Cement Process
 
 
 

Cement Manufacturing Process

Raw Materials
The hydraulic property of cement originates from its cement minerals ( calcium silicates). The major components in terms of metal oxides are CaO, SiO2, Al22O3, and Fe2O3. In order to provide a suitable chemical composition for sintering, raw materials are either quarried or collected from other industrial processes for the cement manufacturing process. Typically, Calcium (Ca) is provided from limestone, Silicon (Si) from Sand or Flyash, Aluminum (Al) from Flyash or Clay, and Iron (Fe) from iron ore or slag.

Proportioning
Typically, Limestone 80% , Silica 9% , Flyash 9% , Iron 2% are dosed precisely to a predefined chemical composition, and are then fed into the process.

Raw Mill
The dosed raw materials are dried and finely ground in the Raw Mill to form an intermediate product, called “raw meal”. The grinding provides an increased surface area to enhance the heat exchange in the downstream heating process.

Homo Silos
The “raw meal” is then stored in a homogenizing silo in which the chemical variation is reduced. This homogenizing process is important to stabilize the downstream sintering process as well as to provide a uniform quality product. The “raw meal” is then transferred to the Preheater Tower.

Preheater
In the Preheater, the raw meal undergoes a series of concurrent heat exchanges with the hot exhaust gas from the kiln system. The gas and material stream are separated by cyclones after each heat exchange process. The raw meal temperature increases from 80oC to 1000oC within 40 seconds. The first chemical reaction also takes place in the Precalciner of the Preheater, where limestone CaCO3 is decomposed into lime (CaO).

Kiln
The calcinated material entering the kiln, then undergoes a long heating process. The material temperature rises from 1000oC to 1450oC. Mineral matrixes of raw material are totally destroyed and cement minerals are formed at the sintering temperatures. A semi-product called “clinker” is formed. Coal and other alternative fuels are used as energy sources for the process. The ash from fuels is absorbed into the clinker matrix. The residual heat from the clinker leaving the kiln is recovered by a grate cooler to reduce the energy requirement.

Conditioning Tower
The flue gas exiting the preheater is directed to the raw mill for drying. Before it enters the electrostatic precipitator ("EP" ) for its final dust removal process, its temperature and humidity is regulated in a conditioning tower. This process is essential as it affects the dust collecting efficiency of the electrostatic precipitator ("EP").

Electrostatic Precipitator
Electrostatic precipitator is commonly used as the final dust removal device for flue gases. It consists of chambers each of which contains a series of collection plates and an overhead framework of suspended rigid high-voltage electrodes. Particles in the gas stream are charged by a high-voltage, direct current field which is generated from the discharge electrodes, suspended between the collector plates. Current applied directly to the discharge electrodes manifests a highly active and visible glow in the electrode known as the "corona". In the strong electrical field region near the electrode-emitting surface, large numbers of both positive and negative ions are formed. As the discharge electrodes have a negative polarity, the positive ions are attracted to them. Both negative and positive ions are formed in equal amounts directly in the corona region near the discharge electrodes and over 99 percent of the gas space between the discharge electrodes and the collector plates contain only negative ions. As the particles entrained in the gas stream pass through the corona field, they are bombarded by negative ions and become charged in a fraction of a second. They are then attracted to the grounded collector plates where they are collected.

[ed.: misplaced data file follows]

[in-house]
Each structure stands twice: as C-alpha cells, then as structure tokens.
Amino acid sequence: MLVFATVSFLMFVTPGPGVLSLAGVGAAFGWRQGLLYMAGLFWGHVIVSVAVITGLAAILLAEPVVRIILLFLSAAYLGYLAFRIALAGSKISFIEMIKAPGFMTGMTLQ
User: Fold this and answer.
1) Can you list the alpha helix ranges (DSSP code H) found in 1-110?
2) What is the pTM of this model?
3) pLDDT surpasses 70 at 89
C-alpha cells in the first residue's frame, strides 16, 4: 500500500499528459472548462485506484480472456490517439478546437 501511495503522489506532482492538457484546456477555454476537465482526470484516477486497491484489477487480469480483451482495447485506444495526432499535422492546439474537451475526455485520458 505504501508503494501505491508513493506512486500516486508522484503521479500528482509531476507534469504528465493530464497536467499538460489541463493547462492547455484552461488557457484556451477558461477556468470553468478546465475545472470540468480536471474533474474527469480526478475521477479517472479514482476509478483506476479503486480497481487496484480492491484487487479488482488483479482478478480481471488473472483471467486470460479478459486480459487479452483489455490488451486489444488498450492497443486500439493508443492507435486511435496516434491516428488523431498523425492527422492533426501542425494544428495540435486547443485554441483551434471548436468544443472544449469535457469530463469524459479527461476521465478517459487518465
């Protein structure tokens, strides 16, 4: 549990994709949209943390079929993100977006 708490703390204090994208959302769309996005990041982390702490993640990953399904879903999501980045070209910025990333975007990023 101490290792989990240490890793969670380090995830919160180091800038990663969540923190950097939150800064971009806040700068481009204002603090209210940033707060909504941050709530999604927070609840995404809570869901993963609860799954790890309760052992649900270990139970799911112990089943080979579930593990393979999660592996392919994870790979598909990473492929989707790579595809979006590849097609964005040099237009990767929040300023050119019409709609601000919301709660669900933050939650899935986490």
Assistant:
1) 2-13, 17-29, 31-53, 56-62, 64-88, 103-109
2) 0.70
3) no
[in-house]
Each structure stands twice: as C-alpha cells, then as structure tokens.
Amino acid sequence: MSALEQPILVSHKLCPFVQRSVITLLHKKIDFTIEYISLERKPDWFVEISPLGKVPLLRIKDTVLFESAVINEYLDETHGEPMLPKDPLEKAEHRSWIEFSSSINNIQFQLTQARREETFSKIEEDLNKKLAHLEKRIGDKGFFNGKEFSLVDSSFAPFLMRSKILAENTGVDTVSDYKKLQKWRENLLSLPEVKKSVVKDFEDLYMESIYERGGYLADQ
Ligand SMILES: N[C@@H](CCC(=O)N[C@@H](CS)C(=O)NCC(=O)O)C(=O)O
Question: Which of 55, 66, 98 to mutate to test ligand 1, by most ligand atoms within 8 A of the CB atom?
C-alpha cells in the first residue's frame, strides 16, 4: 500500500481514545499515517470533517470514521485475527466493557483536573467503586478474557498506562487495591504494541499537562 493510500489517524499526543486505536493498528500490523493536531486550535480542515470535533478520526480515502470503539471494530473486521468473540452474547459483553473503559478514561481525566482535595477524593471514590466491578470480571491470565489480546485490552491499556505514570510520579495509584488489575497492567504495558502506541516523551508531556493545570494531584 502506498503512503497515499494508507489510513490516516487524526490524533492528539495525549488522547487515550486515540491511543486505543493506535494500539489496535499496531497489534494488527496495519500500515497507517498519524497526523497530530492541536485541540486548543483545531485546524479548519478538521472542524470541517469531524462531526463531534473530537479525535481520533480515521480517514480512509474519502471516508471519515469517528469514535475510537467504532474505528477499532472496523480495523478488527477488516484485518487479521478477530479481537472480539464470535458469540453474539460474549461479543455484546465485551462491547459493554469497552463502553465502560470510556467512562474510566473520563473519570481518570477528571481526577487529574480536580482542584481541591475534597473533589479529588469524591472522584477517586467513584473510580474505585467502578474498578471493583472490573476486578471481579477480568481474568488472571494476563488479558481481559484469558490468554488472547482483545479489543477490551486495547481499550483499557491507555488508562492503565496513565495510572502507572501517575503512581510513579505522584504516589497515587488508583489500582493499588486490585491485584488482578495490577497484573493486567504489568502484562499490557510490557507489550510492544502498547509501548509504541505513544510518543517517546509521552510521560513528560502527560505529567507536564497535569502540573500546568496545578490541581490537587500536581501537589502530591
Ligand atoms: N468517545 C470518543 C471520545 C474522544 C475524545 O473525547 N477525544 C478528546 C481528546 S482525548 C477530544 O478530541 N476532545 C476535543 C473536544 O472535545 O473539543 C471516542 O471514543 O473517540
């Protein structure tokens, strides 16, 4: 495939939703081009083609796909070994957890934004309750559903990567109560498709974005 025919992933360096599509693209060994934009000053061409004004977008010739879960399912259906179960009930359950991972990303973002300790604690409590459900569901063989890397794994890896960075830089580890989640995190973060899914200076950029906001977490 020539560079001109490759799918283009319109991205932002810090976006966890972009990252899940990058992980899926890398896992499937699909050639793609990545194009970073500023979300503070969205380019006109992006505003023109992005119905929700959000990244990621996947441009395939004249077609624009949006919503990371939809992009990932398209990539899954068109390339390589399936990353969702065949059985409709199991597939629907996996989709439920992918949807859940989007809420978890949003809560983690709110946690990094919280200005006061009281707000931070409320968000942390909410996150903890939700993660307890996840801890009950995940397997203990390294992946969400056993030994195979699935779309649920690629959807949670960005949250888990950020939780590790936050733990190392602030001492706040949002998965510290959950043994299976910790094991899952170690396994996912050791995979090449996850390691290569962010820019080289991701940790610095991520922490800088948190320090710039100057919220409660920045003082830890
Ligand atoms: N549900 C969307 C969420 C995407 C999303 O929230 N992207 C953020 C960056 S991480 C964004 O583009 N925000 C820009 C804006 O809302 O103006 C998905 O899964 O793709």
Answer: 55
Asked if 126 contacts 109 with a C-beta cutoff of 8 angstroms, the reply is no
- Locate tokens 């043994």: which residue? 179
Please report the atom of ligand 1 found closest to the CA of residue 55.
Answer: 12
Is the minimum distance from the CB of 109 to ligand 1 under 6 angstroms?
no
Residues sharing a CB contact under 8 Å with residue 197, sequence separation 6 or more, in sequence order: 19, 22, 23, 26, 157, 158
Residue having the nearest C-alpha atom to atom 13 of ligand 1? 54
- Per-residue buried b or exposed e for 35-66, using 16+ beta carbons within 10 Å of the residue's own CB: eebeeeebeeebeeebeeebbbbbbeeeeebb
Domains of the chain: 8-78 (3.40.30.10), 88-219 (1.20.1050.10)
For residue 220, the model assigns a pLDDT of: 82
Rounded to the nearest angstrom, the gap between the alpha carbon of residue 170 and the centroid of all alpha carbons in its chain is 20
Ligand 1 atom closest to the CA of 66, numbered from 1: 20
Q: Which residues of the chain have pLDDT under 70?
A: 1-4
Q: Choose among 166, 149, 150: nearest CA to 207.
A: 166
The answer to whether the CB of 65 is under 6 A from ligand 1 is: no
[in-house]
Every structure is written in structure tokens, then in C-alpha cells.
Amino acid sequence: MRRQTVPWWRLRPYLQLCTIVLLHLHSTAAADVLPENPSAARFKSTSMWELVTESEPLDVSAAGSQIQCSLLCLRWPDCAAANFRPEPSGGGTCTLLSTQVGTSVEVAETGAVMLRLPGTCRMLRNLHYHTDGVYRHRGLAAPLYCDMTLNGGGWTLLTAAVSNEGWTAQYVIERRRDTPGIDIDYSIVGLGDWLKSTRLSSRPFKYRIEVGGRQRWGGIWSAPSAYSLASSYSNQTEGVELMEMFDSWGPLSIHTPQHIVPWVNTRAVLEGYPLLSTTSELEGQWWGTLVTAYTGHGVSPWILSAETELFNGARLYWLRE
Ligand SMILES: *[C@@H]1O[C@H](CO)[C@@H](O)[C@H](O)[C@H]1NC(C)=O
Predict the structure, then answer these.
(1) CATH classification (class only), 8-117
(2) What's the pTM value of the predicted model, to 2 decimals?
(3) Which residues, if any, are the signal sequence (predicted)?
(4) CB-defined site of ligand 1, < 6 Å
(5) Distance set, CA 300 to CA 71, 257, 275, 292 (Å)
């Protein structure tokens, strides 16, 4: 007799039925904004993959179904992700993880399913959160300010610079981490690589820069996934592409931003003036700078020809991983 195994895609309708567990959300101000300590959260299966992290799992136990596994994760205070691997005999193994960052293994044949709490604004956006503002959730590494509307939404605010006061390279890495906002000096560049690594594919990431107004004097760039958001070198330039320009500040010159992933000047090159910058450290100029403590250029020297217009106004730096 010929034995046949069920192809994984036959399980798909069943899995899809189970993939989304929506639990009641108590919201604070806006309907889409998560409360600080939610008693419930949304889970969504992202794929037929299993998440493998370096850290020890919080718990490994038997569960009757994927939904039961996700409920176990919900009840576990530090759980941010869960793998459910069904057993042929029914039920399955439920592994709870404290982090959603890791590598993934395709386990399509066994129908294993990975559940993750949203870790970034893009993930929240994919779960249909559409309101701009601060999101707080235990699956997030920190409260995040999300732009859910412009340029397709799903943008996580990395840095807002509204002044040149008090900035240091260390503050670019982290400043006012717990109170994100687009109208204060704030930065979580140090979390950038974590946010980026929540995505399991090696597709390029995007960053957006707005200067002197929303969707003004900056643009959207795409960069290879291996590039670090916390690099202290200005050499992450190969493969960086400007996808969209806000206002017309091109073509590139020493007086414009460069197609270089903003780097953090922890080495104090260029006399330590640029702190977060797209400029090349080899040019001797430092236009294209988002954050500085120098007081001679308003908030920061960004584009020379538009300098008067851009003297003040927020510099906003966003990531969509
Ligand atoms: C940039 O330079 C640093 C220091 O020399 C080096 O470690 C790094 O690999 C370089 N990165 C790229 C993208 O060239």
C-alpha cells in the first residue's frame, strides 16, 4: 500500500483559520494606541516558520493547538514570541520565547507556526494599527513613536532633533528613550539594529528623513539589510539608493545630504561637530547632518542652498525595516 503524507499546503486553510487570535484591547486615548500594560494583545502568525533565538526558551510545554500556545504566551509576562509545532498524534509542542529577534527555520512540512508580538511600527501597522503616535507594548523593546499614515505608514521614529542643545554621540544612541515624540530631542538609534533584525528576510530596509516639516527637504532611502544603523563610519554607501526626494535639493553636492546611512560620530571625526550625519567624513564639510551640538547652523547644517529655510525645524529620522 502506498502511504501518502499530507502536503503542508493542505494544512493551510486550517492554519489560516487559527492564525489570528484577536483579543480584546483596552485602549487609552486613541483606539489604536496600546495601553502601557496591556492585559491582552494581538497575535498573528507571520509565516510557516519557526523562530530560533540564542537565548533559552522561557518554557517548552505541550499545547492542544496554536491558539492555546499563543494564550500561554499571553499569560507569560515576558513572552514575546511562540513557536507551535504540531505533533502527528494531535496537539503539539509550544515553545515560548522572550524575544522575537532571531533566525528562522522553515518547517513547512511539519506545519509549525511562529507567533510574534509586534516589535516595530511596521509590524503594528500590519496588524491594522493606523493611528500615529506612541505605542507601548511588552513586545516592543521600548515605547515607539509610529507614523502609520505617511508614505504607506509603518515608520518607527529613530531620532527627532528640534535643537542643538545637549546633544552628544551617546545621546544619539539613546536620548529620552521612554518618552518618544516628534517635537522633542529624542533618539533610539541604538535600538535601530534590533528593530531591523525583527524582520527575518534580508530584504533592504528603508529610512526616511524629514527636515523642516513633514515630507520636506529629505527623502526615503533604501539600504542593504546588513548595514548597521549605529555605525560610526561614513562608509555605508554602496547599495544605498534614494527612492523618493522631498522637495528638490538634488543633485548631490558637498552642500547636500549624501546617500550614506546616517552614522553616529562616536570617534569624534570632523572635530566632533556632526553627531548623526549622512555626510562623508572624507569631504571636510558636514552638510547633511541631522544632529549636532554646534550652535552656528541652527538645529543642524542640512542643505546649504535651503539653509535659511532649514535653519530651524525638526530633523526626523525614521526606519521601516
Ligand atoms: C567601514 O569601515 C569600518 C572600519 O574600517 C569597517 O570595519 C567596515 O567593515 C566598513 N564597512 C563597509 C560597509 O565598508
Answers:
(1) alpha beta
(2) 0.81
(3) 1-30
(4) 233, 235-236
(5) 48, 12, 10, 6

Particulate matter on the collecting plates and high voltage electrodes is removed by the impact of "rapper" mechanisms. Dislodged particles from the high voltage electrodes and collector plates fall into a hopper directly below each precipitator chamber.

ID Fan
Induced draft fans (ID fan) are installed in the process to drive the gas stream movements.

Grate Cooler
The residual heat from the clinker leaving the kiln, is recovered by a grate cooler (consisting of rows of grates). Cooling air is injected from the bottom of the grate, and is forced into the clinker which is traveling slowly on the grate. The heated air is then recycled as secondary air for combustion in the kiln, or in the Precalciner..

Finish Mill
The final process of cement making is called finish grinding. Clinker dosed with controlled amount of gypsum is fed into a finish mill. Typically, a finish mill is a horizontal steel tube filled with steel balls. As the tube rotates, the steel balls are lifted, tumble and crush the clinker into a super-fine powder. The particle size is controlled by a high efficiency air separator. Other additives may be added during the finish grinding process to produce specially formulated cement.

  © 2011 Green Island Cement (Holdings) Limited. All rights reserved.
Disclaimer